Protecting posterity is an act of collective consciousness and will. It is acknowledging that we're entitled to our fair share and no more. We can't have it all without depriving future generations of their fair share.
To try to understand the idea of "fair share" imagine if our great, great, great grandparents had followed our path.

Imagine if our ancestors had two things - the ability to consume everything they could get their hands on and a blind indifference to the day when it was our turn to populate this country. Imagine if two or three generations had gone on a rapacious binge gobbling up the world's resources; going into serious deficit on renewables (emptying the oceans, logging off the forests, transforming farmland into desert) and fouling the environment. Then consider how their depredations might impact on your life today. I think that's beyond the imagination of all but the best science fiction writers but that's of no real matter. It's enough in any event to make the case for posterity and the concept of "fair share."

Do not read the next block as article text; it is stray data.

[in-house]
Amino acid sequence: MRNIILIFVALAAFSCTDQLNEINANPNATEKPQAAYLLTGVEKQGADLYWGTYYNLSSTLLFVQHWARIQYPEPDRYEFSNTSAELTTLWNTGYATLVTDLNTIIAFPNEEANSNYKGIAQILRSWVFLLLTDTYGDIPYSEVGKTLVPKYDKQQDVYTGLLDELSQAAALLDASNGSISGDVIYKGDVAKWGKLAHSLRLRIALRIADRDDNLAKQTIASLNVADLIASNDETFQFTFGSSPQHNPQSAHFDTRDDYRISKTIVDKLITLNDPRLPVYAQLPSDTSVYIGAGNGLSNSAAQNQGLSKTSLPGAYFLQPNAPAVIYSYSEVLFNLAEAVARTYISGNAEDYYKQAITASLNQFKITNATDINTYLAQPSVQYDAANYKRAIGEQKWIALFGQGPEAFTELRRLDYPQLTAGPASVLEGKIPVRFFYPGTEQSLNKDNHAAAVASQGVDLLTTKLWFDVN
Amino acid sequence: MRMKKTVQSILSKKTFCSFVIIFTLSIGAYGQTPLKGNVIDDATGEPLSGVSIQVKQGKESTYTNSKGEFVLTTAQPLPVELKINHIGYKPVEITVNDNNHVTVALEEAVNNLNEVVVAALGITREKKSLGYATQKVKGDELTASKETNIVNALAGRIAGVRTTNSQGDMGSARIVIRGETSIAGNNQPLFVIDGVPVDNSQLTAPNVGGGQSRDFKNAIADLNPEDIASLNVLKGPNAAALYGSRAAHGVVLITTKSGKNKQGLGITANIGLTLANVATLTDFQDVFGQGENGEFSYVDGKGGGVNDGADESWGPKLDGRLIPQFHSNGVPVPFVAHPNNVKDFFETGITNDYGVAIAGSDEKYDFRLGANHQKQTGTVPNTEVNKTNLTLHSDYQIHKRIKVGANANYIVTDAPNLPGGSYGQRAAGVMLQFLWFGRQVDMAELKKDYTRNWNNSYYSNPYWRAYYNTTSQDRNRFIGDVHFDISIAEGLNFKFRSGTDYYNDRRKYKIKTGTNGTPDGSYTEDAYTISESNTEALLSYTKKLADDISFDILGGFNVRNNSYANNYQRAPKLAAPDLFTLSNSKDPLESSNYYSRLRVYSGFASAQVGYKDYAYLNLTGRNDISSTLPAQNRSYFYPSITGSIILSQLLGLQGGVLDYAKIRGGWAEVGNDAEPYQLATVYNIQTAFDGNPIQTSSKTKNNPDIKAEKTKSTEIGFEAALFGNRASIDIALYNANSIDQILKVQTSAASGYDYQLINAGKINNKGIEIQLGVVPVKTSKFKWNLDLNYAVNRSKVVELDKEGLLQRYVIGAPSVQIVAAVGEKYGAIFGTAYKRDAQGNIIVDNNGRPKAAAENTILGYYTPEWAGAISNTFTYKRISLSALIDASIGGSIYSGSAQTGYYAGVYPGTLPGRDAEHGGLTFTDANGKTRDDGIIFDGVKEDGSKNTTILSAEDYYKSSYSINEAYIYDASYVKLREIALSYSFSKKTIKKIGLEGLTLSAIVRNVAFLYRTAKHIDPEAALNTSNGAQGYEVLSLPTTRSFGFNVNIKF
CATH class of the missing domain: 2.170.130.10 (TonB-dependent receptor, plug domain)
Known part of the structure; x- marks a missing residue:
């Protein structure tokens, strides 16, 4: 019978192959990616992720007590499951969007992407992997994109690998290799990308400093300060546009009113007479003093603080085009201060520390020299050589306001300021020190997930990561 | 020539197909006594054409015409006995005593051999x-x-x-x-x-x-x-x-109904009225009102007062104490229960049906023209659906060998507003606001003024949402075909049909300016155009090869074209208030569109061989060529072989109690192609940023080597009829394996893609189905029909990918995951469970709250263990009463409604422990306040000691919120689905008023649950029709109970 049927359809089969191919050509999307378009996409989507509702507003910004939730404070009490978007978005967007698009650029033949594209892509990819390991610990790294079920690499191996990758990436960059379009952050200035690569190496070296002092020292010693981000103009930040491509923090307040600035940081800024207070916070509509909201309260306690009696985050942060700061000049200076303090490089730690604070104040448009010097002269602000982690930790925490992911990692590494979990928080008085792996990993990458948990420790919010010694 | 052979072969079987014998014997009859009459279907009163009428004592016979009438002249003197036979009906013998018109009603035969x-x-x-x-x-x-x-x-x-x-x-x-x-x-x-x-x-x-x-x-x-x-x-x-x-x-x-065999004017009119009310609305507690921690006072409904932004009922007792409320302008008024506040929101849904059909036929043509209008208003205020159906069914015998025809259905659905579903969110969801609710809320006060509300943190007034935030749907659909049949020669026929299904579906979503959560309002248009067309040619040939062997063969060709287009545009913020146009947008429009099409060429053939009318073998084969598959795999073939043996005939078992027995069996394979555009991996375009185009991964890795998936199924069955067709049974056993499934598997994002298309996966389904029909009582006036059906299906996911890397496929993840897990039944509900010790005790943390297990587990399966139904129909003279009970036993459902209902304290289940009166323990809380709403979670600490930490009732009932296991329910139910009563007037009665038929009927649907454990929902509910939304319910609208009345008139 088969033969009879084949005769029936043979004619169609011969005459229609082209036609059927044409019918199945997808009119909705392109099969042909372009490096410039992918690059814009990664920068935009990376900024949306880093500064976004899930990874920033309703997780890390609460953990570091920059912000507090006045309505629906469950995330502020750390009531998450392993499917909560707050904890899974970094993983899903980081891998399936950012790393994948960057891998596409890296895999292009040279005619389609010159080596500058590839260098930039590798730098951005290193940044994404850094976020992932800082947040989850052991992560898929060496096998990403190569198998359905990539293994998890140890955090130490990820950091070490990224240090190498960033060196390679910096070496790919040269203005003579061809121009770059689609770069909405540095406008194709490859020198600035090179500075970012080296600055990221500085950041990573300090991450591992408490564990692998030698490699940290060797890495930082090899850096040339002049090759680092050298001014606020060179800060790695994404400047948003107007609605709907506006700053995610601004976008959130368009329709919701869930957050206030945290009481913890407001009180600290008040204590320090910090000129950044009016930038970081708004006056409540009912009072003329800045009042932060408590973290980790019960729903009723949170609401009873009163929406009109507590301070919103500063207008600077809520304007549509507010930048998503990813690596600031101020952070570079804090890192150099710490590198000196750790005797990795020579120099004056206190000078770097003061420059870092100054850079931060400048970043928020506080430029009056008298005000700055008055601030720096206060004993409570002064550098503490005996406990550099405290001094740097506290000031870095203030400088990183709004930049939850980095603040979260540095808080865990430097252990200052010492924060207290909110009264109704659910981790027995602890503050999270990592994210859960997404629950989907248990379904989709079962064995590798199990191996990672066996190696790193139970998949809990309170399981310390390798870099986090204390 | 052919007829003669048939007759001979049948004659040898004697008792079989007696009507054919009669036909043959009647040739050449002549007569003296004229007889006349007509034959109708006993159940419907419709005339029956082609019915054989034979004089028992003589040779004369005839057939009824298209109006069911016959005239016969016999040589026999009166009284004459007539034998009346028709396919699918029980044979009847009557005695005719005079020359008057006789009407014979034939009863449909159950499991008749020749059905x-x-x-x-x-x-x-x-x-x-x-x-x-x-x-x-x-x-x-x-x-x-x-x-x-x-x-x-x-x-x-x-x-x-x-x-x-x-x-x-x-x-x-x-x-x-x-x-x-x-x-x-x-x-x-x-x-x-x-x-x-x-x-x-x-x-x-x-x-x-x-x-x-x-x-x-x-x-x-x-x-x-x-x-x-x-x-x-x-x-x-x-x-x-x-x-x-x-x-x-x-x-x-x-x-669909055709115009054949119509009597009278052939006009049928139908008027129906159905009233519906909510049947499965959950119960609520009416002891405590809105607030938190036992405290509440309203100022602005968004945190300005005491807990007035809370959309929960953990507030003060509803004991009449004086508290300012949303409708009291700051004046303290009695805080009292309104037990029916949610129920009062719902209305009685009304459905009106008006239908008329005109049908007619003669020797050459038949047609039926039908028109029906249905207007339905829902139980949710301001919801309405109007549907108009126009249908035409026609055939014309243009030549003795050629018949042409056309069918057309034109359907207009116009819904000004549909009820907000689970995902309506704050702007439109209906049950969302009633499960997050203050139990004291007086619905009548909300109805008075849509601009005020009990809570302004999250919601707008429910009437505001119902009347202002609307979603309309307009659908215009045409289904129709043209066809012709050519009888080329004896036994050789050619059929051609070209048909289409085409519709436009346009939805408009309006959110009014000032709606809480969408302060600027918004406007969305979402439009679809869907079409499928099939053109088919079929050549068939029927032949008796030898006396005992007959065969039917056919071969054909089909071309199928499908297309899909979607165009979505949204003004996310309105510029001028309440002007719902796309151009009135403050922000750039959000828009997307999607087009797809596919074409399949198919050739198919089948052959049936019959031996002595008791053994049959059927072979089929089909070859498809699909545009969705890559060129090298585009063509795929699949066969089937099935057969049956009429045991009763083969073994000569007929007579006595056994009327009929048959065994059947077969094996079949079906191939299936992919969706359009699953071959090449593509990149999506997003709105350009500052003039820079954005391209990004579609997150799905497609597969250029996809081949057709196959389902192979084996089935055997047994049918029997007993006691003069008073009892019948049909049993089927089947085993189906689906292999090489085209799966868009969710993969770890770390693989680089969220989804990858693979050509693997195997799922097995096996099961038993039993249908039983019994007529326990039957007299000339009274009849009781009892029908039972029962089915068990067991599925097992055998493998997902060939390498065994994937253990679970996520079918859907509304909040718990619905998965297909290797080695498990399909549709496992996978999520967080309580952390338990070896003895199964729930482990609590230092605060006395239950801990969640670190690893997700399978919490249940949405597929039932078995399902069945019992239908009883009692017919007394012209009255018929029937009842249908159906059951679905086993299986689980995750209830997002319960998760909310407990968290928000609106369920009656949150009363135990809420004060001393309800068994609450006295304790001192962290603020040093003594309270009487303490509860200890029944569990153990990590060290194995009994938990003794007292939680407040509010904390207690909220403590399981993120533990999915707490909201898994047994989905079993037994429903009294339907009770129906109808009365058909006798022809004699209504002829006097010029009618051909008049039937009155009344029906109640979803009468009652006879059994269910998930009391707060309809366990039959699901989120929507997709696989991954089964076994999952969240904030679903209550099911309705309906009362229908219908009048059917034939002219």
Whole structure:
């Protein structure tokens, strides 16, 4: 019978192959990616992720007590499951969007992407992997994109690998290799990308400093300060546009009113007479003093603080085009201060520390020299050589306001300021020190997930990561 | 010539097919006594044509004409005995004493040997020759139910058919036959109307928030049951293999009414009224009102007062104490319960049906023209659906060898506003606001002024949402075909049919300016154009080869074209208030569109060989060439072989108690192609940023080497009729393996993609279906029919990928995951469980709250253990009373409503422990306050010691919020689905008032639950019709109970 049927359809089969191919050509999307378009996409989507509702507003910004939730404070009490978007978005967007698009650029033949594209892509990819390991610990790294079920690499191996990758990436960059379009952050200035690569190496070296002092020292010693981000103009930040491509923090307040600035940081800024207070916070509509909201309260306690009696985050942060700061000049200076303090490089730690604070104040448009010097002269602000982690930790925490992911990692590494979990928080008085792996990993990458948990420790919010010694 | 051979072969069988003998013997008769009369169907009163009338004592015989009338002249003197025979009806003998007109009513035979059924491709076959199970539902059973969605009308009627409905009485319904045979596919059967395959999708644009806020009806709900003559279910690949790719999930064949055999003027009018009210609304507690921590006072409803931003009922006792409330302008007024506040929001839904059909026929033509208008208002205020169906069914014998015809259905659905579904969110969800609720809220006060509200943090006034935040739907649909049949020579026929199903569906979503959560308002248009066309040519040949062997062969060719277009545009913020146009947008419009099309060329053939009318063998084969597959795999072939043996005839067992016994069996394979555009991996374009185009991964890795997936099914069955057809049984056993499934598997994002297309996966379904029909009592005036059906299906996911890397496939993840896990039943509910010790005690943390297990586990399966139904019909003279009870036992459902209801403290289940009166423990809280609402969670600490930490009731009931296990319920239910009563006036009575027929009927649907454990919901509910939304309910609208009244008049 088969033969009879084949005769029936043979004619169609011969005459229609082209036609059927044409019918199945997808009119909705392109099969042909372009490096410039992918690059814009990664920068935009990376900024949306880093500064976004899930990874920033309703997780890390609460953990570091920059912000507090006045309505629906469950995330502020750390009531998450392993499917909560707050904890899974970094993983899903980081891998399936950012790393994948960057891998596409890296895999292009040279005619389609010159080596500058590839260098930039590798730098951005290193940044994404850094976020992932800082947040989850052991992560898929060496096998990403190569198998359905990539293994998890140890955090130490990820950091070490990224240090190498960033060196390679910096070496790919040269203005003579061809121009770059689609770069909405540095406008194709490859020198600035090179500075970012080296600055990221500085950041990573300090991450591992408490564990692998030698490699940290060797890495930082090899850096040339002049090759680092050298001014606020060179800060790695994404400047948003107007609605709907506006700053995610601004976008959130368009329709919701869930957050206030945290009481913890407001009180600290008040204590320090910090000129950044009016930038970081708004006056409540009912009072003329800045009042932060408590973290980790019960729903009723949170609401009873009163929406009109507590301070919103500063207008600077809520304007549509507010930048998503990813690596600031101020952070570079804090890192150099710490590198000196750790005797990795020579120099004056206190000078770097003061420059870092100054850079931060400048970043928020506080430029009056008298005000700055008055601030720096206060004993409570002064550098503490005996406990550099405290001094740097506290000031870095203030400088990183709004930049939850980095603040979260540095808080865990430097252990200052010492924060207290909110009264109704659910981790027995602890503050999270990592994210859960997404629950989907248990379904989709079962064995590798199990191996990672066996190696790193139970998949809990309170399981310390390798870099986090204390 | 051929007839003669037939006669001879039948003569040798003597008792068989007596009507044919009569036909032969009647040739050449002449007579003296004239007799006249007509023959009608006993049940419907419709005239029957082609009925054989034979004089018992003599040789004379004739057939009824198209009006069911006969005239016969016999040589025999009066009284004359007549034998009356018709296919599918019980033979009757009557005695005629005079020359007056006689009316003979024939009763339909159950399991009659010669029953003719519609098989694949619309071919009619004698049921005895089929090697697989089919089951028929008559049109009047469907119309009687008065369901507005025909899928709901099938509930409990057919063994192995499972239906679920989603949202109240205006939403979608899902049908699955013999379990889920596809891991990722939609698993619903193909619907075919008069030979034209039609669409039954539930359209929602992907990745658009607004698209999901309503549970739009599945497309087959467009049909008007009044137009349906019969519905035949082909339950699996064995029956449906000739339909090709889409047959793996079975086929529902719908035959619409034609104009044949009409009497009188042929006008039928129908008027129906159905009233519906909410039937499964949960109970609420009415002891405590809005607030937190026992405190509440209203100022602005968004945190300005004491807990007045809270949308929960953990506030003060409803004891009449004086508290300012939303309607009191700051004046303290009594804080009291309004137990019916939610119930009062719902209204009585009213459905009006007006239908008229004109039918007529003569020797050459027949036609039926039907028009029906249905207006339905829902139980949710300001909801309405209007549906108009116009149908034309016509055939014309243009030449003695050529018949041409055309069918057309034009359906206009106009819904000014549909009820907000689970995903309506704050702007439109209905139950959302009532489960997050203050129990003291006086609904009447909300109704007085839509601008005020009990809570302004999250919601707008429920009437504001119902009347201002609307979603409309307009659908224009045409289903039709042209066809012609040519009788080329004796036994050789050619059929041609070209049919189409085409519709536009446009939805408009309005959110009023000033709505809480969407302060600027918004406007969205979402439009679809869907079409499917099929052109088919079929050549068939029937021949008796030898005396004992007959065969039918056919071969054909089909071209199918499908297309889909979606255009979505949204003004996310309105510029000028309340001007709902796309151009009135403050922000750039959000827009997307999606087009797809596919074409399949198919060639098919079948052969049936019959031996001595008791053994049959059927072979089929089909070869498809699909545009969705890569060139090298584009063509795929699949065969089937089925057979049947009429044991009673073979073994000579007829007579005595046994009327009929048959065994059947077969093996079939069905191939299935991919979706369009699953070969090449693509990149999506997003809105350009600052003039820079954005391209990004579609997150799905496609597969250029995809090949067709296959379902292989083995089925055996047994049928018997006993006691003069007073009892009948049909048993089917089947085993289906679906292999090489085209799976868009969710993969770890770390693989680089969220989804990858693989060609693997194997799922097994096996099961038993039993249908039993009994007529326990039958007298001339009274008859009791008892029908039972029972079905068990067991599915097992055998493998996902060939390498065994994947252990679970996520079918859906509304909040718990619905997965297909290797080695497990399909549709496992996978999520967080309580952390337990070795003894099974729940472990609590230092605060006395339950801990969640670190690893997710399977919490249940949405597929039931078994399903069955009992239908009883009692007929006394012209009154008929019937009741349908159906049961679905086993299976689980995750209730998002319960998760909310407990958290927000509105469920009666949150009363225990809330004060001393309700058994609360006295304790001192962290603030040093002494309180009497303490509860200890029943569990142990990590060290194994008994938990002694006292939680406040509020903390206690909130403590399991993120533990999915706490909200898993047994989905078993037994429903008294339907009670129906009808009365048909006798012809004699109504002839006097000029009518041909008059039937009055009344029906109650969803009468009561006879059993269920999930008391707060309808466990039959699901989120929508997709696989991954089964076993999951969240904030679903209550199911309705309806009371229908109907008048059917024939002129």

What is liberal democracy absent sovereignty, especially when national sovereignty is recklessly ceded to the corporate sector when inking free trade deals?
Our young people know all too well what our liberal democracy has bequeathed them - membership in the precariat, a future of "job churn" and the promise of a low-paying position in some service industry. They know that liberal democracy as we've practiced it has been a device for facilitating our maximum comfort and ease while preserving for them the shit end of the stick. We know and they know that they will never have it nearly as good as we've had it and they know that we liberal democrats aren't doing a damned thing to ease their plight.